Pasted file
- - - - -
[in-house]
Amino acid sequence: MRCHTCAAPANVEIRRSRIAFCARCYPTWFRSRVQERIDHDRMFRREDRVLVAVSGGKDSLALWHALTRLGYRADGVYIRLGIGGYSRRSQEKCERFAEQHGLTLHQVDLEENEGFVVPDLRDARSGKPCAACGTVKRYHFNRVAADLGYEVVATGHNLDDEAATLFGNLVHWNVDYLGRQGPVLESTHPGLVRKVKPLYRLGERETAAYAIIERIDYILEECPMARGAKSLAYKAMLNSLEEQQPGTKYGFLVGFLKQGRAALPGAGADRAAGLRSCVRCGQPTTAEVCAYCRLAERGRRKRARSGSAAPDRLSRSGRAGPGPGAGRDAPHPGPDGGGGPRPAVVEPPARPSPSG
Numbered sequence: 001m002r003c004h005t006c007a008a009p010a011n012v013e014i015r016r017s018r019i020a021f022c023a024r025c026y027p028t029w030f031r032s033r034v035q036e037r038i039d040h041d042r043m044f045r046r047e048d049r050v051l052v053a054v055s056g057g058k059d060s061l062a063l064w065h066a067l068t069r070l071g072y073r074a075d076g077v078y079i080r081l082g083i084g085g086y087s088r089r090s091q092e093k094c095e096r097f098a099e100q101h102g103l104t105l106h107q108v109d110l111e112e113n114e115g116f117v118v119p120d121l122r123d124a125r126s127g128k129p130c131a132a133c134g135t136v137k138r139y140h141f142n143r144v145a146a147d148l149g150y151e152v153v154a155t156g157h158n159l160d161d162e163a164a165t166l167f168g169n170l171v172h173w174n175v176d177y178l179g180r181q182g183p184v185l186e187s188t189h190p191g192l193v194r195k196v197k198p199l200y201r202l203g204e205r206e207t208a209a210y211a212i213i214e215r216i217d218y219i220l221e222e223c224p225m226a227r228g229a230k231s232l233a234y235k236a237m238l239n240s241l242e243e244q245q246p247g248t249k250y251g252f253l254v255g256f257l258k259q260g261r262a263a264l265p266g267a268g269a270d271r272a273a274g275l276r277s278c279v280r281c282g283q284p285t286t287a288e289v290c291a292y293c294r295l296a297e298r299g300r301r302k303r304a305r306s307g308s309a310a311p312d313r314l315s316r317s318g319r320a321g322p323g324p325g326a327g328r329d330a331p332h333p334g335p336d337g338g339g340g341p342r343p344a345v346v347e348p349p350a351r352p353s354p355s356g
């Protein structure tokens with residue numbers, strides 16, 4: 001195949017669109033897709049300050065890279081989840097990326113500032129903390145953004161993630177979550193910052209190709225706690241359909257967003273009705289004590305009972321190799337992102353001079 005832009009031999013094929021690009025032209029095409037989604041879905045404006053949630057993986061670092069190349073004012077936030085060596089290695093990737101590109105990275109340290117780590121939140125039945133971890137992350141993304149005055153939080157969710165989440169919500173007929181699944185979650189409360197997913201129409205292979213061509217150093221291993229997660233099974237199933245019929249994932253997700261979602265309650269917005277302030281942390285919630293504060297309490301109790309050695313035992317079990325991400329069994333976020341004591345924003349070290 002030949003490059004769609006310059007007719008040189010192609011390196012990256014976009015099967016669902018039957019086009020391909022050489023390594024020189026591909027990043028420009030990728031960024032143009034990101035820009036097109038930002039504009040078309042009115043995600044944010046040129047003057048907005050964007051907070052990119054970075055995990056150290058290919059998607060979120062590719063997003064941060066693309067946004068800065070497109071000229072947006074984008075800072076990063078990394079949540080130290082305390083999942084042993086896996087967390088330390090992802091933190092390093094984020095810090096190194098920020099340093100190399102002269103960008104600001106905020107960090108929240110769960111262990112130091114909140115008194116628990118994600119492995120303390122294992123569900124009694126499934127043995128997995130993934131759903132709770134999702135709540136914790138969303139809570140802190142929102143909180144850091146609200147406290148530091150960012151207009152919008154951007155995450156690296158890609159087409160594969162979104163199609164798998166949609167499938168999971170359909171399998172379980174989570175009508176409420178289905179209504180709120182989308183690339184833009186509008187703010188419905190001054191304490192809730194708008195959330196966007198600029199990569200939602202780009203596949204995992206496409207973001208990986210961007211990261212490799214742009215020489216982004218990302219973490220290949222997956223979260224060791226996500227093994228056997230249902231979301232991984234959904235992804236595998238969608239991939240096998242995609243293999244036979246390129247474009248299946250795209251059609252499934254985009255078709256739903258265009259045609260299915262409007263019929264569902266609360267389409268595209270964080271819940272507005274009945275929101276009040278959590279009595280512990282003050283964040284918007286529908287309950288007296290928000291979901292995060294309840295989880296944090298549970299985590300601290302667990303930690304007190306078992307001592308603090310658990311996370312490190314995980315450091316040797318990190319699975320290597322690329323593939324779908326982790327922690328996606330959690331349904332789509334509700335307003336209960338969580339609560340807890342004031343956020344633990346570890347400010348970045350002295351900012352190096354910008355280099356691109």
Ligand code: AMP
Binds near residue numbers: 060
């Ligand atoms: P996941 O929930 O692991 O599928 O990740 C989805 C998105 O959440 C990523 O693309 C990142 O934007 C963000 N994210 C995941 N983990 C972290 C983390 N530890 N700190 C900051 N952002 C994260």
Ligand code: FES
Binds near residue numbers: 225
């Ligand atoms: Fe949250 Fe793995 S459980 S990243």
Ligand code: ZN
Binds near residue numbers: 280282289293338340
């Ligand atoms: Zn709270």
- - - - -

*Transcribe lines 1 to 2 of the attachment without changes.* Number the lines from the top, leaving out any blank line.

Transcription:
[in-house]
Amino acid sequence: MRCHTCAAPANVEIRRSRIAFCARCYPTWFRSRVQERIDHDRMFRREDRVLVAVSGGKDSLALWHALTRLGYRADGVYIRLGIGGYSRRSQEKCERFAEQHGLTLHQVDLEENEGFVVPDLRDARSGKPCAACGTVKRYHFNRVAADLGYEVVATGHNLDDEAATLFGNLVHWNVDYLGRQGPVLESTHPGLVRKVKPLYRLGERETAAYAIIERIDYILEECPMARGAKSLAYKAMLNSLEEQQPGTKYGFLVGFLKQGRAALPGAGADRAAGLRSCVRCGQPTTAEVCAYCRLAERGRRKRARSGSAAPDRLSRSGRAGPGPGAGRDAPHPGPDGGGGPRPAVVEPPARPSPSG